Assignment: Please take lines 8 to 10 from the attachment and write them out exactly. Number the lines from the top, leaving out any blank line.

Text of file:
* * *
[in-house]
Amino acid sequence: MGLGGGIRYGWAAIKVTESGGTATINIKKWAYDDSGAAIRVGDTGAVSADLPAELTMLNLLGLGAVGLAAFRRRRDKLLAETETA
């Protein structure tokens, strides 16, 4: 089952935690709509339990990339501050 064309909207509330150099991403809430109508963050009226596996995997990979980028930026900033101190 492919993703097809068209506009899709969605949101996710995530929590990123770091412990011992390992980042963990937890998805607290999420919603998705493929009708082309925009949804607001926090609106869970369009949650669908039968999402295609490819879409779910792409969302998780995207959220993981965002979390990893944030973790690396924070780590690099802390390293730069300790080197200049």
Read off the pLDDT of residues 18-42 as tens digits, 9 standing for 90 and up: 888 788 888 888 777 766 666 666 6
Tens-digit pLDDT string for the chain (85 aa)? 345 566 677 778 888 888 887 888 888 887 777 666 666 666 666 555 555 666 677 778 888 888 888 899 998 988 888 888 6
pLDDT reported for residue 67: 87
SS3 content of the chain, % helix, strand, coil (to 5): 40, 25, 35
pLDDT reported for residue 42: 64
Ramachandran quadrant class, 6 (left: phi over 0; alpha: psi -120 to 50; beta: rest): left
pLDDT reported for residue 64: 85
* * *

pLDDT reported for residue 42: 64
Ramachandran quadrant class, 6 (left: phi over 0; alpha: psi -120 to 50; beta: rest): left
pLDDT reported for residue 64: 85